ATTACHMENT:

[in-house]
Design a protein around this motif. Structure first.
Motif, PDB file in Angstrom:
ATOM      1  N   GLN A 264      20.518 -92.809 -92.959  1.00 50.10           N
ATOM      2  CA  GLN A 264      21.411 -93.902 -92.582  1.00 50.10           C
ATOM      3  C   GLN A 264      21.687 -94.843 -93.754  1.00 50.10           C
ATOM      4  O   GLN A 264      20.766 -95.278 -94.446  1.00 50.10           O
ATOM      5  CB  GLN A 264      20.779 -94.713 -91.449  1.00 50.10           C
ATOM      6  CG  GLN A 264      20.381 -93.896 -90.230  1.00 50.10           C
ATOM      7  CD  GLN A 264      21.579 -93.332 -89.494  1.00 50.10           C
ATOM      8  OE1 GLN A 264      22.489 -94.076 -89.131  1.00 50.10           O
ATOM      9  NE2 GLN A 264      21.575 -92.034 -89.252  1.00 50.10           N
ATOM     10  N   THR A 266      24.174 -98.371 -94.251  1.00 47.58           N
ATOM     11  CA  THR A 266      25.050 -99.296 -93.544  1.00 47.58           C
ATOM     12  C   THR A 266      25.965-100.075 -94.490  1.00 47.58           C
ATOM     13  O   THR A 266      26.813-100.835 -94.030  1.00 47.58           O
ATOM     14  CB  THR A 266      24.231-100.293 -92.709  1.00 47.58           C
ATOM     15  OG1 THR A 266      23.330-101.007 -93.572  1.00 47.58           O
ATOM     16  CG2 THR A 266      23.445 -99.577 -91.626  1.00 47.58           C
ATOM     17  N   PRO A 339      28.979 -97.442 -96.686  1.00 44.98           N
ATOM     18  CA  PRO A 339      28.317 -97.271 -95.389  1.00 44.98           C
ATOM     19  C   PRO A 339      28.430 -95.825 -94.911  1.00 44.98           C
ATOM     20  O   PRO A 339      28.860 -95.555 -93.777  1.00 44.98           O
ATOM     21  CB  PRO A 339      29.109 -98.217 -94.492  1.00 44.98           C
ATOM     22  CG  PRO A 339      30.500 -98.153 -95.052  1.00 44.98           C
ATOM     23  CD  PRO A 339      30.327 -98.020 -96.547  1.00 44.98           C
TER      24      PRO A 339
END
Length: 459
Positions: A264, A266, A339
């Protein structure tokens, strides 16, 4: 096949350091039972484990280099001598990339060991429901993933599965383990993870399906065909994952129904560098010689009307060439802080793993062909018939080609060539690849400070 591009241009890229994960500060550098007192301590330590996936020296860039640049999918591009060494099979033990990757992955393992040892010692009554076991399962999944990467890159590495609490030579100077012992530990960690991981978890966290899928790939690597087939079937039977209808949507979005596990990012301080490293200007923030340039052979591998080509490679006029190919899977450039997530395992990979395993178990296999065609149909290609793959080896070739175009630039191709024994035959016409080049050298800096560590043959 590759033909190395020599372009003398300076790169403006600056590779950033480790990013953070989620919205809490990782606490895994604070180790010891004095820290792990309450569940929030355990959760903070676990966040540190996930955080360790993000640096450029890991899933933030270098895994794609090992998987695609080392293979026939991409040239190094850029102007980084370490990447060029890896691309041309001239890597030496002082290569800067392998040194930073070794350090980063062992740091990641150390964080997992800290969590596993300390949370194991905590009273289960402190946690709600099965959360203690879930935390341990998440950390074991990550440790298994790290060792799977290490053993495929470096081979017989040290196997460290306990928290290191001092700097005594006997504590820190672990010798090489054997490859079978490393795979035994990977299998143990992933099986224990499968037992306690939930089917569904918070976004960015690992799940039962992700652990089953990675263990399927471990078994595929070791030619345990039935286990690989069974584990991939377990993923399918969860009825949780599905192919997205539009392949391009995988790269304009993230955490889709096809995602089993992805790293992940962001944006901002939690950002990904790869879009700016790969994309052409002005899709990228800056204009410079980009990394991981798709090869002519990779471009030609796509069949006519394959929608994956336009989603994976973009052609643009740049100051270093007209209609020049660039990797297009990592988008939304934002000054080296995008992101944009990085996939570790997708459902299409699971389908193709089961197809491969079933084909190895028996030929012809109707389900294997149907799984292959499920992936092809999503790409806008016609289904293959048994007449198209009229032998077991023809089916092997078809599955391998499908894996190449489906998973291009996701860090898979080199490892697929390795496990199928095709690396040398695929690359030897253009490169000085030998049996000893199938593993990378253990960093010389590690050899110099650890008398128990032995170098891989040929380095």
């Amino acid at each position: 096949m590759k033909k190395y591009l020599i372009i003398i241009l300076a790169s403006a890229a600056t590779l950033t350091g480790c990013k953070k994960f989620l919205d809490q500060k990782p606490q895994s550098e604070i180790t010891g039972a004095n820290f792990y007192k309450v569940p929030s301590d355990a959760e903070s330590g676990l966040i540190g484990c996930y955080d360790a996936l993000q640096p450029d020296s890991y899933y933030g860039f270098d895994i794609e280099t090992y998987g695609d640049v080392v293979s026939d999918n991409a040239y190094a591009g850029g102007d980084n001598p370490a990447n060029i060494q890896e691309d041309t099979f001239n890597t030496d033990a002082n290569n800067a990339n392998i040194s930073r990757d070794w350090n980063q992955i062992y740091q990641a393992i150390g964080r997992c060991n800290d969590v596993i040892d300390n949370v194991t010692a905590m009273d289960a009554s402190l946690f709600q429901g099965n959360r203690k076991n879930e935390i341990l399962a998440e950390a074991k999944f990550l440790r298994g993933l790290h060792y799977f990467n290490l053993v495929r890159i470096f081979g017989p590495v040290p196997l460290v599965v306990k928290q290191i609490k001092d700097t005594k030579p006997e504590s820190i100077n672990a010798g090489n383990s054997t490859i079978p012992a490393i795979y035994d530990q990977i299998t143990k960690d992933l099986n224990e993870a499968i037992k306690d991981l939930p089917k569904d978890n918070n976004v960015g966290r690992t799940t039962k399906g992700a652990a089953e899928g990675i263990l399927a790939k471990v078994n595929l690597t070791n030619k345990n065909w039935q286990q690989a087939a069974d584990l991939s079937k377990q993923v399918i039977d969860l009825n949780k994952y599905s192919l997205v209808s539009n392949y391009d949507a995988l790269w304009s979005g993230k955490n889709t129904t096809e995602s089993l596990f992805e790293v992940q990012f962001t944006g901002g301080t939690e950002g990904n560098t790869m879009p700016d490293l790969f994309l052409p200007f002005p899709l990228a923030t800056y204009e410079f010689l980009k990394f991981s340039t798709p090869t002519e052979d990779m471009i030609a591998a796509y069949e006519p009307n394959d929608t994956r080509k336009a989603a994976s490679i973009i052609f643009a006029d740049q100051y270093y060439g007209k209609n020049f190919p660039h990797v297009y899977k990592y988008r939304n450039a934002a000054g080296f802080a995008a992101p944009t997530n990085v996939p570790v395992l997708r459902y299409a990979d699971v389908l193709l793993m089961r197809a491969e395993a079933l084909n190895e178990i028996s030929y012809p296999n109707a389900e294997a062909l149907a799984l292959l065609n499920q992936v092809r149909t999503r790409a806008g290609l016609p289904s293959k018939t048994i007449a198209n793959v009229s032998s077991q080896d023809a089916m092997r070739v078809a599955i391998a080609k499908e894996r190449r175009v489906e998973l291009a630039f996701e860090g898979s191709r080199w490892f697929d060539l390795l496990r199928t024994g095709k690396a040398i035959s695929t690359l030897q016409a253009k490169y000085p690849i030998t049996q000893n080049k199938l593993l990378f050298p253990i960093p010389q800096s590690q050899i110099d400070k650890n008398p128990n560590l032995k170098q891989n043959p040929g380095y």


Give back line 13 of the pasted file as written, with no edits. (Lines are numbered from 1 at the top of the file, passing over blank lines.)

ATOM     10  N   THR A 266      24.174 -98.371 -94.251  1.00 47.58           N